Two years before consulting us, a 36-year-old Japanese woman without a relevant medical history developed systemic joint pain. A chest radiogram acquired at a local hospital revealed a tumor in the left lower lobe; its diameter was 3-cm. She was referred to Department of Respiratory Medicine at our hospital and underwent bronchoscopy; cytology of the tumor resulted in a diagnosis of adenocarcinoma. Gadolinium-enhanced brain MRI scans and bone scintigraphy revealed no metastases. The tumor was clinically classified as T1N1M0, stageIIa. The lower lobe was resected and cytotoxic chemotherapy was administered. Two years later she presented with recurrence and received carboplatin, pemetrexed, and pembrolizumab (immune checkpoint inhibitor) therapy.
A PET scan incidentally revealed intracranial cold spots (Fig. 1A) and a CT scan disclosed multiple cystic lesions without calcification in the parenchyma of the left hemisphere; they measured 10–35 mm in diameter (Fig. 1B, C). On MRI scans most of the cysts were ring-enhancing (Fig. 2A, B) and some were surrounded by perilesional edema (Fig. 2C, D).
An eccentric nodule observed on a T2-weighted image of cysts outside the left lateral ventricle appeared to be a scolex (Fig. 2D, E). On MRI scans, the size of the lesions had increased very slowly in the course of 7 months (Fig. 2F). As single-photon emission CT (SPECT) denied the accumulation of thallium-201, a definitive diagnosis of malignant tumor could not be made.
At the time of admission to our Neurosurgery department, her consciousness was clear. She had no significant family- or employment history. She did not smoke or drink alcohol. Her blood pressure was 125/72 mmHg, her pulse rate was 68/min, and her temperature was 36.8 °C. Neurological examination revealed slight motor aphasia. Physical examination showed that more than 10 subcutaneous lesions were palpable on her chest, back, lower abdomen (Fig. 3A) and her right knee (Fig. 3B). Chest CT revealed that one of the lesions on her back was calcified (Fig. 3C).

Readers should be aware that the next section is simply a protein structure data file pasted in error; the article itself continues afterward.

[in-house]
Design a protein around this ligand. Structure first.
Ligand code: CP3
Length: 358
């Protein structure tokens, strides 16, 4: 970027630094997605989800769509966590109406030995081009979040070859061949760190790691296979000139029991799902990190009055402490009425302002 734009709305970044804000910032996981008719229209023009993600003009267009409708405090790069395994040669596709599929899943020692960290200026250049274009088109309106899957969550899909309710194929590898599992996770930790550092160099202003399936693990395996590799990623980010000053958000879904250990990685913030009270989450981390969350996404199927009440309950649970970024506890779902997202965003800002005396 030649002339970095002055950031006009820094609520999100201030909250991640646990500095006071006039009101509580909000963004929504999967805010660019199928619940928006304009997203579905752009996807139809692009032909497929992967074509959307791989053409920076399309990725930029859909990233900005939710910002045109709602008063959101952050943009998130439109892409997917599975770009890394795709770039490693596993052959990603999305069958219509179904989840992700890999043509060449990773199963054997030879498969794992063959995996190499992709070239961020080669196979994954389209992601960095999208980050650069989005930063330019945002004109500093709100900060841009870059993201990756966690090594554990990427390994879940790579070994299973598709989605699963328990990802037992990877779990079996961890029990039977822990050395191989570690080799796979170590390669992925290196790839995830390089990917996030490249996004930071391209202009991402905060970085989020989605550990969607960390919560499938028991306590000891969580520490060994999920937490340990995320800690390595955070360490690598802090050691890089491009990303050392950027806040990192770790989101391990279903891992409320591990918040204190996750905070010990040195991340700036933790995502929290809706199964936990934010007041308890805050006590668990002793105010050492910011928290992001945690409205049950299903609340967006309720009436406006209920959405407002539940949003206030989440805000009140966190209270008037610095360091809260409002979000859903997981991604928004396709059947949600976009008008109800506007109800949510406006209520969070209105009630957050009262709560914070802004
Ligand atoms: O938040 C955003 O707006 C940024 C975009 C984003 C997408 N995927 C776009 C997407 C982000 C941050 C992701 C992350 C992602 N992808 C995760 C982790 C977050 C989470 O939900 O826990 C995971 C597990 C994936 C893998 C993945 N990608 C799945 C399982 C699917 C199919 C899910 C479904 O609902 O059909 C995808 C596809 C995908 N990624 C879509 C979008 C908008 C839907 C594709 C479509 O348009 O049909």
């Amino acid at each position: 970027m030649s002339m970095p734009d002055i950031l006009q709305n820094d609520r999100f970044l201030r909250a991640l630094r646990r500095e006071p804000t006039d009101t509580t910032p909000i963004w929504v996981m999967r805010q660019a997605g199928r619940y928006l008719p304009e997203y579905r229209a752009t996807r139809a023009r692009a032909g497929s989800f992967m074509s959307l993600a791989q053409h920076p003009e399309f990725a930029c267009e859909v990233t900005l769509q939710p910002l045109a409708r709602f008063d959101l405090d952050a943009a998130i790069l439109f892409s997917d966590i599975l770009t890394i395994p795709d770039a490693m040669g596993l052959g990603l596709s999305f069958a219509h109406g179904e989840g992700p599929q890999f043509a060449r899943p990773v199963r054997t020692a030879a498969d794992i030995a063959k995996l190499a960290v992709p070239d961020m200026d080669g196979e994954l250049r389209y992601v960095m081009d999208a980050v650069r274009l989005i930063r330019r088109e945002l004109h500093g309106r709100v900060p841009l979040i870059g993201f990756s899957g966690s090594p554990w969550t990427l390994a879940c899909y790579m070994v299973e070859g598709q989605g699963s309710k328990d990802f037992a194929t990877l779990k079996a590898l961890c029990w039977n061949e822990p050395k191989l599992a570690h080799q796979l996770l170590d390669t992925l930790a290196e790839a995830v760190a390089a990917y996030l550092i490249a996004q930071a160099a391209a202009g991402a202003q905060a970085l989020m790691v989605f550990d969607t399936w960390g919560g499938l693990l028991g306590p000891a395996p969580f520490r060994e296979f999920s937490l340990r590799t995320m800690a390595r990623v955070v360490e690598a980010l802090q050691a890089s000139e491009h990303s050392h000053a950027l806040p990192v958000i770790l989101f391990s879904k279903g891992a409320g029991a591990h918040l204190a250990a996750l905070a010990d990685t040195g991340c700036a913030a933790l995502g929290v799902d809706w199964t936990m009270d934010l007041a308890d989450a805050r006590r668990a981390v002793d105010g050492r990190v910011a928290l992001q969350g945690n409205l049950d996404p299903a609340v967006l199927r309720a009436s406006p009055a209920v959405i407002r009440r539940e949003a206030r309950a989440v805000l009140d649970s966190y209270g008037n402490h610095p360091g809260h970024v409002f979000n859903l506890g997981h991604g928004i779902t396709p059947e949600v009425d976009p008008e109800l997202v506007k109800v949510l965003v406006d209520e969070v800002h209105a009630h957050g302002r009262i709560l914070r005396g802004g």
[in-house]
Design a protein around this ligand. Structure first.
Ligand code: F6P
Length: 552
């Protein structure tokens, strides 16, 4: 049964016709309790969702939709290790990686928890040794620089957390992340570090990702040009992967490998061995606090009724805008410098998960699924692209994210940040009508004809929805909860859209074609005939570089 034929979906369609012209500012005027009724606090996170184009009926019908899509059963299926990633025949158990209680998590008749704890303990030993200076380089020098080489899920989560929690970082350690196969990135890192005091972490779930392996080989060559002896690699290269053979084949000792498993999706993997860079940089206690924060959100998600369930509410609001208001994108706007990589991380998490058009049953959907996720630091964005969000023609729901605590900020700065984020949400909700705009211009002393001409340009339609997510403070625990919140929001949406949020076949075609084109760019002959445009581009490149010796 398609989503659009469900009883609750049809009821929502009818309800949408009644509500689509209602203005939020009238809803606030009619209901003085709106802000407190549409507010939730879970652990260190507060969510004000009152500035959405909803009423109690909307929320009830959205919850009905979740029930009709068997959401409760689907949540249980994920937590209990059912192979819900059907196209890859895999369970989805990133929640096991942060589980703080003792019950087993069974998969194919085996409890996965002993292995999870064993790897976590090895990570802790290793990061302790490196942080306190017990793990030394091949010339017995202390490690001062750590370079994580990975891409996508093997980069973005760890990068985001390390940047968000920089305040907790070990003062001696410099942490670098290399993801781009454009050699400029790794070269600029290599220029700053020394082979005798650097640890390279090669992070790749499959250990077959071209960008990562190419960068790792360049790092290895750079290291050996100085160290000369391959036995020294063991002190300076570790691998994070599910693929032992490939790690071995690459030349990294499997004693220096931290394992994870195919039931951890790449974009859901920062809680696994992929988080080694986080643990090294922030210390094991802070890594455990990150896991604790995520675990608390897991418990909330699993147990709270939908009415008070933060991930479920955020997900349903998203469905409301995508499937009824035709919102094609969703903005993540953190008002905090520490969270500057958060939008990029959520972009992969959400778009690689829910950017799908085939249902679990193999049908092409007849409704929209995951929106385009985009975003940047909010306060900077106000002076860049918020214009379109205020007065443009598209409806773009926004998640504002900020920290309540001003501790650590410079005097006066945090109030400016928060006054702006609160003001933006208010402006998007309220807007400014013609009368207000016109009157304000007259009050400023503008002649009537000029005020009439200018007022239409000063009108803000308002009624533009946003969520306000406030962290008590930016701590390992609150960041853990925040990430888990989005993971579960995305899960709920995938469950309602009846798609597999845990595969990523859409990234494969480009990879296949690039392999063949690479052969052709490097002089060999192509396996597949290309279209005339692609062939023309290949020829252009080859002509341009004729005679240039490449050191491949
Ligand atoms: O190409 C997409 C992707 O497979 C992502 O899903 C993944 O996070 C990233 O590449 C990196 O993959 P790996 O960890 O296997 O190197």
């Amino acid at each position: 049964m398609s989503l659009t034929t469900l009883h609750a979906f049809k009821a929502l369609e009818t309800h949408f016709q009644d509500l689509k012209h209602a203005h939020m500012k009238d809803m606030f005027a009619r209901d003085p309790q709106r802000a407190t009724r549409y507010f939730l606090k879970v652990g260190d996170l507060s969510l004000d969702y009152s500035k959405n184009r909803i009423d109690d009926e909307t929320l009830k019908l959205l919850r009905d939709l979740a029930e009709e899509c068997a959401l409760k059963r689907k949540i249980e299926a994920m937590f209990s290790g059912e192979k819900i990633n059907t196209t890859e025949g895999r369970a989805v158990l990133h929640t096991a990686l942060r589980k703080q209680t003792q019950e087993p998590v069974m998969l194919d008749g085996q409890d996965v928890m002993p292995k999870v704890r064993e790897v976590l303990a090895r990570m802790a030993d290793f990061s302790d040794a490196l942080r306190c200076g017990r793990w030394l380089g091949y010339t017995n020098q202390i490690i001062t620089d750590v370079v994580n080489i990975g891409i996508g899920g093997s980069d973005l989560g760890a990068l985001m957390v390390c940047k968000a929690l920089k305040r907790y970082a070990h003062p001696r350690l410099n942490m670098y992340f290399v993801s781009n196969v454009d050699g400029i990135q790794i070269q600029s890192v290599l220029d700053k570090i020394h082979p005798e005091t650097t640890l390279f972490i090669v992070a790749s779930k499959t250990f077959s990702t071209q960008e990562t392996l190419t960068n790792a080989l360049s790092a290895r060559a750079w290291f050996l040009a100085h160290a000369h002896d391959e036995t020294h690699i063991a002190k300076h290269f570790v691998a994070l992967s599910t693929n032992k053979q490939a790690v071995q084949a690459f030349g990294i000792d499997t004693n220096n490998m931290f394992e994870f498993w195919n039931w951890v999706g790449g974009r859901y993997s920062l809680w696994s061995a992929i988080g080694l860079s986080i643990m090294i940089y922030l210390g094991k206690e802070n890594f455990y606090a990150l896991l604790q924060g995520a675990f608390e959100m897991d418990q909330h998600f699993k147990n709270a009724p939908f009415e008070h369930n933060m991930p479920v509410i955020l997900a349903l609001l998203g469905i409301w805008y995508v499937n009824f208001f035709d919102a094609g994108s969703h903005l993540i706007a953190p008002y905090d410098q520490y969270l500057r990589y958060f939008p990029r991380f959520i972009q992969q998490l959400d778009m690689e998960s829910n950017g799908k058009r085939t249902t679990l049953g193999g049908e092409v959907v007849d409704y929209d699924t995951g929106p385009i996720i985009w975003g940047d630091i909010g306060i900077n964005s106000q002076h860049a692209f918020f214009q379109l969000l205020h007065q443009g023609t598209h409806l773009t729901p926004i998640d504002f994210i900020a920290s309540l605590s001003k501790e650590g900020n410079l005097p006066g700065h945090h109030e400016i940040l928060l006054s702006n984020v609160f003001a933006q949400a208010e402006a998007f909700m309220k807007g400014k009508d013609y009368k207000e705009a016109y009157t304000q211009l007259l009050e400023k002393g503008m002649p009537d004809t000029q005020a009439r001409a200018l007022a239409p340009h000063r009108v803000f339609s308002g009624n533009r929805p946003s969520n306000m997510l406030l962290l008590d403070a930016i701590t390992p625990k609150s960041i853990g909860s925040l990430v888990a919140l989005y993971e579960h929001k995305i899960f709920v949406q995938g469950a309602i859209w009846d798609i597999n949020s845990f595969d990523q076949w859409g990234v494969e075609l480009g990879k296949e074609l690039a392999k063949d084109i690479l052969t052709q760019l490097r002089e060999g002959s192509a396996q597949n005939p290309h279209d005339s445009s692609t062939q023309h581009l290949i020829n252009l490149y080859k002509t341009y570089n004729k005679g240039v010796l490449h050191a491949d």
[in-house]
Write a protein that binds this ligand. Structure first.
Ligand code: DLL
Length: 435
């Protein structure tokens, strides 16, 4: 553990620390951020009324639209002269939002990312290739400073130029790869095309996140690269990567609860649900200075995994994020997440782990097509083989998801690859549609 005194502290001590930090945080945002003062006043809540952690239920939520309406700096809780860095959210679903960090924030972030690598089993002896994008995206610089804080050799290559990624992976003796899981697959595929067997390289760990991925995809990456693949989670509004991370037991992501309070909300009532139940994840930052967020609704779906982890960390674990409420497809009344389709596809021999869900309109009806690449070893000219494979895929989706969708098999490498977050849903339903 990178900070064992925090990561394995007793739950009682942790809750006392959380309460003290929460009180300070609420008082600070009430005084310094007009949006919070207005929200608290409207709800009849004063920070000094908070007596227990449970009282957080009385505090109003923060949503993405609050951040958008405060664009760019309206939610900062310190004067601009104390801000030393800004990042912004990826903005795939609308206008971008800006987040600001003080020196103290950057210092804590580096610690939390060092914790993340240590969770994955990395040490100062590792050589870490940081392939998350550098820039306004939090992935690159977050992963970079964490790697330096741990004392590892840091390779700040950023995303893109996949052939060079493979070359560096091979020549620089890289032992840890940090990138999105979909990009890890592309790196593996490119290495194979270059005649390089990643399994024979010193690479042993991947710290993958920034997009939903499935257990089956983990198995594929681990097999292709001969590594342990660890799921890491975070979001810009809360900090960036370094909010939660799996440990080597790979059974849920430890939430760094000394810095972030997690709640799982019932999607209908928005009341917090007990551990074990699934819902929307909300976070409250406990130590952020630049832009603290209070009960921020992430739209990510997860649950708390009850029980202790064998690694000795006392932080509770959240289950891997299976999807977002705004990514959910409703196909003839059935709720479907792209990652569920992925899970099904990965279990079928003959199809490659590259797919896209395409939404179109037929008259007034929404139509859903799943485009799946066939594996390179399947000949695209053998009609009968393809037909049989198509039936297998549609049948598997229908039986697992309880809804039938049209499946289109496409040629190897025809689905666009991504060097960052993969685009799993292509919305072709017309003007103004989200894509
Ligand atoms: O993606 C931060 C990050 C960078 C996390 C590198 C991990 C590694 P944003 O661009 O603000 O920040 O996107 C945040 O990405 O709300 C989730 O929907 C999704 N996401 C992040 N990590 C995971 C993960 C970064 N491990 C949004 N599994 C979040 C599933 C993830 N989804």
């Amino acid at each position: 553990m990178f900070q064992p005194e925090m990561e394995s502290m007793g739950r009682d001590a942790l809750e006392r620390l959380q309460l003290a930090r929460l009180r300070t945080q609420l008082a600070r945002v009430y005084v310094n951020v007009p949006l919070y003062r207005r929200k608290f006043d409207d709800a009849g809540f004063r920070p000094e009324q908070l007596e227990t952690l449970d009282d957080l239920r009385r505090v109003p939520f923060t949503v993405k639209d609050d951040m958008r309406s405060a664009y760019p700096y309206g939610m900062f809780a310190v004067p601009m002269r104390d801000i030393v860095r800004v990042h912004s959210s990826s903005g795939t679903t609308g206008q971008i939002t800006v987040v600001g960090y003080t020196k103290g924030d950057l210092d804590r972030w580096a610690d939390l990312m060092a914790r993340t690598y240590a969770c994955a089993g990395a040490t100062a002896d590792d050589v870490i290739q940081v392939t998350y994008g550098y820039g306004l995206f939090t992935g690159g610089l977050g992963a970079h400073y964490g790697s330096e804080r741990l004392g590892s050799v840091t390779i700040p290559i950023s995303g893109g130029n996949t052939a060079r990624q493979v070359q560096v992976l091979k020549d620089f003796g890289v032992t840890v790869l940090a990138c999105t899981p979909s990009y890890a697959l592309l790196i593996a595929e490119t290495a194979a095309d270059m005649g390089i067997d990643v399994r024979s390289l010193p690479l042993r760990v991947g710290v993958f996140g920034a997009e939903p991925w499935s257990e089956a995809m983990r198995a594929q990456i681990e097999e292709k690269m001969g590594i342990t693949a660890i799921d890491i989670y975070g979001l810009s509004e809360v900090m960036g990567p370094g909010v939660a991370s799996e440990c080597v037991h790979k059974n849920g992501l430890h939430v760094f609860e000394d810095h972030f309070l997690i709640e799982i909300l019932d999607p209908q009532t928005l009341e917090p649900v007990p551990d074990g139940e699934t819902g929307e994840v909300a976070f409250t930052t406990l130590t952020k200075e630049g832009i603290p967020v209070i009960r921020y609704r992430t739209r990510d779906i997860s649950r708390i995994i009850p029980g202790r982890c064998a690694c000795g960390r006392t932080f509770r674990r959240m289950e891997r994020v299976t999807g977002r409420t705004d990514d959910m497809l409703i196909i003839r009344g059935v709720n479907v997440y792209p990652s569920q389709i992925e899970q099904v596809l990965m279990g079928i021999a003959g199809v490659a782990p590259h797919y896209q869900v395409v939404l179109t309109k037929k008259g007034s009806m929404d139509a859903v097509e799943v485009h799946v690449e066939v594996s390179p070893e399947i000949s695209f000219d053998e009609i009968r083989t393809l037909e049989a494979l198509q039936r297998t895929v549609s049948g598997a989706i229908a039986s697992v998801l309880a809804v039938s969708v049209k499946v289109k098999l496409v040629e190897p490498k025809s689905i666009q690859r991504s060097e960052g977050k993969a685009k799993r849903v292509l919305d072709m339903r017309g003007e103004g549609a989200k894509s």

In a patient interview she reported that between 2009 and 2018 she had visited Canada, the USA, Bolivia, Peru, Chile, Cambodia, the Philippines, Indonesia, New Zealand, and Australia and that each sojourn lasted from 3 weeks to several months. In 2012 and 2013 she had often eaten whole roasted young pig in the Philippines and Korean Kimchi during her 2013–2014 visit to Canada. Based on this information we suspected that she may have become infected with cysticercosis in the endemic areas she visited.
We started treatment with the anti-epileptic drug levetiracetam (1000 mg/day) for seizure prophylaxis and asked for a cysticercosis analysis. Both DNA analysis from biopsy specimens from her right knee and lower abdomen and serum immunoblotting assay performed at the National Institute of Infectious Diseases (NIID) were negative for cysticercosis. We rejected cystic lesion biopsy because molecularly-targeted therapy with crizotinib had elicited strong pancytopenia. Instead, we administered ABZ (400 mg twice per day at 15 mg/kg/day), and decadron (4 mg twice per day at 0.1 mg/kg/day). However, we interrupted this regimen 5 days later because she developed fever, headache, a generalized rash, and swelling of the oral mucosa; we thought them to be reactions to treatment with ABZ.
Follow-up MRI studies performed 1 week after the start of treatment showed that the size of many of the cystic brain lesions had shrunk and that perilesional edema had decreased (Fig. 4A, B). With the exception of the large left frontal mass, most lesions had resolved on day 30 and no tapeworm scolex was detected (Fig. 4C, D). We continued treatment with crizotinib.